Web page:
Updated: Mar 15
When I had my firstborn 15 years ago, I believed that breastfeeding was a natural instinct. I lifted him and put him on my breast and he latched on like a champ. I never had latch problems and used to feel good about listening to my instincts till I read an article that opened my eyes.
A lot of times the older generation tells us that breastfeeding is instinctual and we should get it naturally. But let me tell you, it is the same set of people that till then don't allow us to listen to our instincts and tell us to eat more, lose/gain weight, stop moaning, etc So, by the time we turn into adults and mothers, we learn not to listen to our instincts.
So, whose instinct is breastfeeding based on? Interestingly it is the baby's instinct. A newborn baby has the survival instinct and nobody has taught that baby not to believe in its instinct so in most cases when you let the baby do a breast crawl and latch on its own, the natural survival instinct of the baby kicks in and the latch is perfect and the baby feeds well unless there are other health issues including a tongue tie, etc.
Not so surprisingly, we have learned from experience that every time the mother has immediate skin-to-skin and breastfeeds in the first hour without a medical professional pushing her to feed in a certain position, there is almost never a breastfeeding problem later on. If there is any kind of intervention, like a medical professional holding the baby in position without asking if the mother is comfortable or giving a baby bath within the first hour, taking the baby away from the mother for whatever reason then comes the difficulty for the baby to latch by himself or herself.
Think about it, in the mother-baby relationship, if one of us is not instinctive, breastfeeding relationships would not have survived the millions of years it did. So should we put all the pressure on the mother and say that breastfeeding is instinctual and that the mother should do it naturally without any help? Yes, millions of years ago there were no Lactation professionals to help, but remember that is what women grew up watching - watching other women breastfeed, and there were always other women that were there to help if there was any problem. And no, there were no formula companies or bottles to mess up the breastfeeding instinct and tell a mother that her supply was not enough.
I have had in my practice of more than five years tell me, that they thought breastfeeding was instinctual and that they failed because their instincts did not kick in. But honestly, many times it is because they weren't allowed to listen to their instinct. A mother could be blissfully feeding her baby and smiling and as if on cue, a visitor would enter and ask the question 'Is there enough milk for your baby?'.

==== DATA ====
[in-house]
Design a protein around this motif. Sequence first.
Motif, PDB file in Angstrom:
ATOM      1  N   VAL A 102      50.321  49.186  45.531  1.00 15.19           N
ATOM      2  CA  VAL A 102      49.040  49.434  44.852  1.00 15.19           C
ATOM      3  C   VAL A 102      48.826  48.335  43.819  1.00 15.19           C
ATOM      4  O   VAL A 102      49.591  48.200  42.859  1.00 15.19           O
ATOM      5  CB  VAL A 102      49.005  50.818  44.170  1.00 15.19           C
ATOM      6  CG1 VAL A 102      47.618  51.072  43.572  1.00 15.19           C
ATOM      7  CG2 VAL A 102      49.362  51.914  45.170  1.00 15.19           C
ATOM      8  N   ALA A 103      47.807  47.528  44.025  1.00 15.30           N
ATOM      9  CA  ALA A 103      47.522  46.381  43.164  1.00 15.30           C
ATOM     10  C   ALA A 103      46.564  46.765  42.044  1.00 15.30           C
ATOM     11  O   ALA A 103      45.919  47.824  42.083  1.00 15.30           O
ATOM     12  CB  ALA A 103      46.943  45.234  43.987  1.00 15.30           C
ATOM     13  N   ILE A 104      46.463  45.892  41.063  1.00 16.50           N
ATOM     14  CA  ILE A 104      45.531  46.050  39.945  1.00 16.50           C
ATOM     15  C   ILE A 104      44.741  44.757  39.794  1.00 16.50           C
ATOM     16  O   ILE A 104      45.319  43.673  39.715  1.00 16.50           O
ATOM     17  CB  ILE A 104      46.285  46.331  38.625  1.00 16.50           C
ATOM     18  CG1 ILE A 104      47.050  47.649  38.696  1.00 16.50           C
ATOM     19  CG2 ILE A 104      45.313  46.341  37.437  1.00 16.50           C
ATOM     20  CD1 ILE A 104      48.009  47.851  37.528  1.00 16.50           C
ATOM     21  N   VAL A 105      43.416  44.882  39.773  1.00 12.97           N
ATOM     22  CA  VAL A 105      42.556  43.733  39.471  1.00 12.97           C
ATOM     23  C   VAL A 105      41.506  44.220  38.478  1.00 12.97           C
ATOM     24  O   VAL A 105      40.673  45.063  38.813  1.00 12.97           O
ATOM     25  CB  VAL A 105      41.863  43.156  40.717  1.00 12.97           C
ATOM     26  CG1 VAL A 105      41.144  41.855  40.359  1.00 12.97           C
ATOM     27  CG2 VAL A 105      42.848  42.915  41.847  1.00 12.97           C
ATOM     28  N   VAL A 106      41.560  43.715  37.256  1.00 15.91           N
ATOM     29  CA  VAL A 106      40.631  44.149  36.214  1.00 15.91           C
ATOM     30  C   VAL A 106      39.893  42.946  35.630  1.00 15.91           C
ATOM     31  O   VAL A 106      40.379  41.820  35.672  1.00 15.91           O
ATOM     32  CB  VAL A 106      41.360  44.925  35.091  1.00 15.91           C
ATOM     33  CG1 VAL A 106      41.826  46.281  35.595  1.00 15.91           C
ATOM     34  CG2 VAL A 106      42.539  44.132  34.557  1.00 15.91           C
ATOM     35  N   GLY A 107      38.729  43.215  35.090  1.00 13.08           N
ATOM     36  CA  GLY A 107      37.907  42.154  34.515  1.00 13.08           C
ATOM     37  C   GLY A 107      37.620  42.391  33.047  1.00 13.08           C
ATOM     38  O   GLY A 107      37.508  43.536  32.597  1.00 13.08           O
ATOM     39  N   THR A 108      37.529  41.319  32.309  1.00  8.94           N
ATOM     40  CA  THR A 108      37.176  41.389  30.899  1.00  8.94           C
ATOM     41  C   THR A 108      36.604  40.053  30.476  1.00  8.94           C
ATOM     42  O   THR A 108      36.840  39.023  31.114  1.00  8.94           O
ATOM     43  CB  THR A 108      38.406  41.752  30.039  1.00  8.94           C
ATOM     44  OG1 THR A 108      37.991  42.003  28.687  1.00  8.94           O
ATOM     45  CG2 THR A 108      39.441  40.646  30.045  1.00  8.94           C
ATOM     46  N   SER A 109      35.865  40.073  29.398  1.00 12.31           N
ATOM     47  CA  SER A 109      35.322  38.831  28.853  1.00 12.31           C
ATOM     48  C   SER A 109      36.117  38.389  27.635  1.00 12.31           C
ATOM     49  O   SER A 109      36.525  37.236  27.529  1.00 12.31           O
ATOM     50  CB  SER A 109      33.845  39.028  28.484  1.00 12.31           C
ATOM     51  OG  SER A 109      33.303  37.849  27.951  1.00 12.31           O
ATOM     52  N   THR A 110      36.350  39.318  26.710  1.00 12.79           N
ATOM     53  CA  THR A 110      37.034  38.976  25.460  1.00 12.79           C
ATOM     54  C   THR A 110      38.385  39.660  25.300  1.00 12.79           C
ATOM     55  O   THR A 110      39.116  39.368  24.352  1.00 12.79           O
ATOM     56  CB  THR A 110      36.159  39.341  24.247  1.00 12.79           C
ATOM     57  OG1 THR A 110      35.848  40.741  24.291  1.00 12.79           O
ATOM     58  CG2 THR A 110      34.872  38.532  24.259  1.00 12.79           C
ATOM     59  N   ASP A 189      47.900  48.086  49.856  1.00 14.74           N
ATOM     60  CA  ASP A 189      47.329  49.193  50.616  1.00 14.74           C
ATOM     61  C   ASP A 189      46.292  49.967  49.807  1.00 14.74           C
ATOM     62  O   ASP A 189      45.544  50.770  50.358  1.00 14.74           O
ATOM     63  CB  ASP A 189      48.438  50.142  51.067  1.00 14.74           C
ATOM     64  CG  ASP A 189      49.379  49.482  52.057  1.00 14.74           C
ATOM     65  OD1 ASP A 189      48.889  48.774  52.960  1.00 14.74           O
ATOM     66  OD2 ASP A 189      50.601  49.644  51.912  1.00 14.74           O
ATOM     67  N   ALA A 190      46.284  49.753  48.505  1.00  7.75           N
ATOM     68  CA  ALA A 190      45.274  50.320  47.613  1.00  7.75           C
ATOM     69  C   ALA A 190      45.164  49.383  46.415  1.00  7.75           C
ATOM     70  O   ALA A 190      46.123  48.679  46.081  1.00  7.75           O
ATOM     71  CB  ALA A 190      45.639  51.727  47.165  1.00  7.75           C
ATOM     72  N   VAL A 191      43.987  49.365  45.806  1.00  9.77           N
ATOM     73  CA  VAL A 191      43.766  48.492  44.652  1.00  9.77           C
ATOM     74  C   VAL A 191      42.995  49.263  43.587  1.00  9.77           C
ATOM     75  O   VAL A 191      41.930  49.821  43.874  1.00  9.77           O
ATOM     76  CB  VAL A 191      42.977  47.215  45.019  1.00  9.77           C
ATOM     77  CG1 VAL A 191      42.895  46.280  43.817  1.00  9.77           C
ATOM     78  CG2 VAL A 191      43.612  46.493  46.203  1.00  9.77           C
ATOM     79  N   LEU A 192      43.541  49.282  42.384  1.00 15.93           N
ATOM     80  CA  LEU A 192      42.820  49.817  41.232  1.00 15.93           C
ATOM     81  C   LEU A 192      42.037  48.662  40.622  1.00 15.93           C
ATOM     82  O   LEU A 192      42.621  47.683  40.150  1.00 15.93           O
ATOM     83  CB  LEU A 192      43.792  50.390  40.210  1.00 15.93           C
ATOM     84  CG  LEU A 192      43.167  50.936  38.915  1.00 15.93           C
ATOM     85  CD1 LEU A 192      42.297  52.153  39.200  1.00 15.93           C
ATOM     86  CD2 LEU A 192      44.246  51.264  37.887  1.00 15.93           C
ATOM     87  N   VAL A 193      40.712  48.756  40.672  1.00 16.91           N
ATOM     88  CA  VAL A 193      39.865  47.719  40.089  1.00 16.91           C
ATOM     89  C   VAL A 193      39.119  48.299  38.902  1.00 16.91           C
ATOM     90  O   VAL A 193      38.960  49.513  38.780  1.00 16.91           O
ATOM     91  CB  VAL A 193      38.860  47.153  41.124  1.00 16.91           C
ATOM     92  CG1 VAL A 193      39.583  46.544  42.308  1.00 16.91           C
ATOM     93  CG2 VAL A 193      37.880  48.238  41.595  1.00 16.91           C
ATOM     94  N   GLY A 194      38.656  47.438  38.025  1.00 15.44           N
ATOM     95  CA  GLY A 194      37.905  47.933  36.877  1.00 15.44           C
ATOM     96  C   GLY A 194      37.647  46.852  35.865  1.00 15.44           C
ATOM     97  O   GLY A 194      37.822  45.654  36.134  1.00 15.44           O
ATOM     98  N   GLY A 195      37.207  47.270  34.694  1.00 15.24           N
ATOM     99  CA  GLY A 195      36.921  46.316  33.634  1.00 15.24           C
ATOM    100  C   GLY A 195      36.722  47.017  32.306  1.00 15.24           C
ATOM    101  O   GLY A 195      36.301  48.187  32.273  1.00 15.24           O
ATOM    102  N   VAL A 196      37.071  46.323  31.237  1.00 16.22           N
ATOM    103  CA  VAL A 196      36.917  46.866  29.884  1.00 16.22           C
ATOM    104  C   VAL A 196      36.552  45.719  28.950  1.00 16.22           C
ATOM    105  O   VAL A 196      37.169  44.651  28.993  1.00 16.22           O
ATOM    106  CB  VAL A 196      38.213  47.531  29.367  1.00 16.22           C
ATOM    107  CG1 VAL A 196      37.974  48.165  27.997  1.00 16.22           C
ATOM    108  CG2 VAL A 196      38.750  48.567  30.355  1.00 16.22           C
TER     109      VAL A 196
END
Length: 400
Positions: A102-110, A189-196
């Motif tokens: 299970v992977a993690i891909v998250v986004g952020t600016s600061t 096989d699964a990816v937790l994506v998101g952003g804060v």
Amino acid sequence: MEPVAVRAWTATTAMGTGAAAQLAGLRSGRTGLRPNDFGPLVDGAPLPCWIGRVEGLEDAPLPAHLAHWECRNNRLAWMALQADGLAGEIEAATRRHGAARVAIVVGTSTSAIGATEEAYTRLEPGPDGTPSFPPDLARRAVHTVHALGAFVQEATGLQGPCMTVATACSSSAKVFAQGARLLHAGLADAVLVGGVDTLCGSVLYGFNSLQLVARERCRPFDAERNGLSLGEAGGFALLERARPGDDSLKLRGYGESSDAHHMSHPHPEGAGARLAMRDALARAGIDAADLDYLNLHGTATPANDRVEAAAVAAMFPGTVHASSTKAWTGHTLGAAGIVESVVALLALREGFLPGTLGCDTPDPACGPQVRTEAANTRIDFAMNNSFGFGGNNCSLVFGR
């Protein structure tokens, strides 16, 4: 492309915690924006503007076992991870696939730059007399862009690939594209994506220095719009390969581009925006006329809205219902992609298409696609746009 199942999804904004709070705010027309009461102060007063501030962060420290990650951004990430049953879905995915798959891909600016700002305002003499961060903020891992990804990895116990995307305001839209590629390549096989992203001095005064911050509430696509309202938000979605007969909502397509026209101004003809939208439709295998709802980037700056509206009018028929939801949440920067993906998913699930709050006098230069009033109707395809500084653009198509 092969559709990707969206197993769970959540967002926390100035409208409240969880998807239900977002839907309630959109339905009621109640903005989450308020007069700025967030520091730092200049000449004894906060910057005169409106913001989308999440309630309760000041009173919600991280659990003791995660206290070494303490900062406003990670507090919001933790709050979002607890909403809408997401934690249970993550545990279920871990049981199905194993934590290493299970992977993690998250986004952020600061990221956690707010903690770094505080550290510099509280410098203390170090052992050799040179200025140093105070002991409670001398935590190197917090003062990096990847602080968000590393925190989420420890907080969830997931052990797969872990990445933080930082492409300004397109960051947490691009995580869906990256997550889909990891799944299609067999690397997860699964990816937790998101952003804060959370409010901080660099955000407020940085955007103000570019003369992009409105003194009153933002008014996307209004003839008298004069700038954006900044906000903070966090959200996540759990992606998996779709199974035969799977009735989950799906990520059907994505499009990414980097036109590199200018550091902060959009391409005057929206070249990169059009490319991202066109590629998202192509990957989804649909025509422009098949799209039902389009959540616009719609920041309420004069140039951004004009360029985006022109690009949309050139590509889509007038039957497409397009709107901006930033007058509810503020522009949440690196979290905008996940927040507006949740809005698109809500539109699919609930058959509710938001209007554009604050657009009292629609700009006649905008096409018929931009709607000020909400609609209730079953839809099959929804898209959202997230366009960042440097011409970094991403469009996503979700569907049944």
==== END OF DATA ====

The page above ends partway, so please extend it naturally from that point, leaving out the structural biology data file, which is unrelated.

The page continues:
They sow a small seed of doubt there. the mother then slowly lets go of her instinct at that stage. The instinct tells her that she has a happy and well-fed baby. She starts doubting her supply and that is when and where all the problems start. Thankfully the baby doesn't understand what has been said so the baby blissfully continues to latch on and feed till an intervention happens.
Many mothers tell me that the hospital tried to get the baby to breast within the first hour and there was a problem. The difference here is between others bringing the baby to the breast and letting the baby find the breast. I have seen midwives and nurses try to push the baby to the breast and squeeze the breast to check for supply. That surely is not a happy moment for both the baby and the mother. It is not the most comfortable position for either the baby or the mother to feel at ease.
In many cases, mothers cease breastfeeding because of pain, which is caused by latch issues, which reduce supply because of the improper latch and improper milk transfer. It is all connected. And just one thing that midwives do at the time of birth can let the baby's natural kick in which will also connect to the mother's natural instinct and things fall in place automatically.
It is also important for the mother herself to be patient and let the baby do the breast crawl at his or her own pace rather than get impatient and put the baby to the breast. A lot of times it is the rush that the medical professionals and the family or even the mother are in at the moment, losing patience and rushing through that breaks the baby's instinct.
So yes, let us continue to provide support to families, and stop saying that breastfeeding is instinctual for mothers. It is instinctual, but for babies and not mothers. Let us give some credit to the babies and appreciate that they do know a thing or two when they arrive.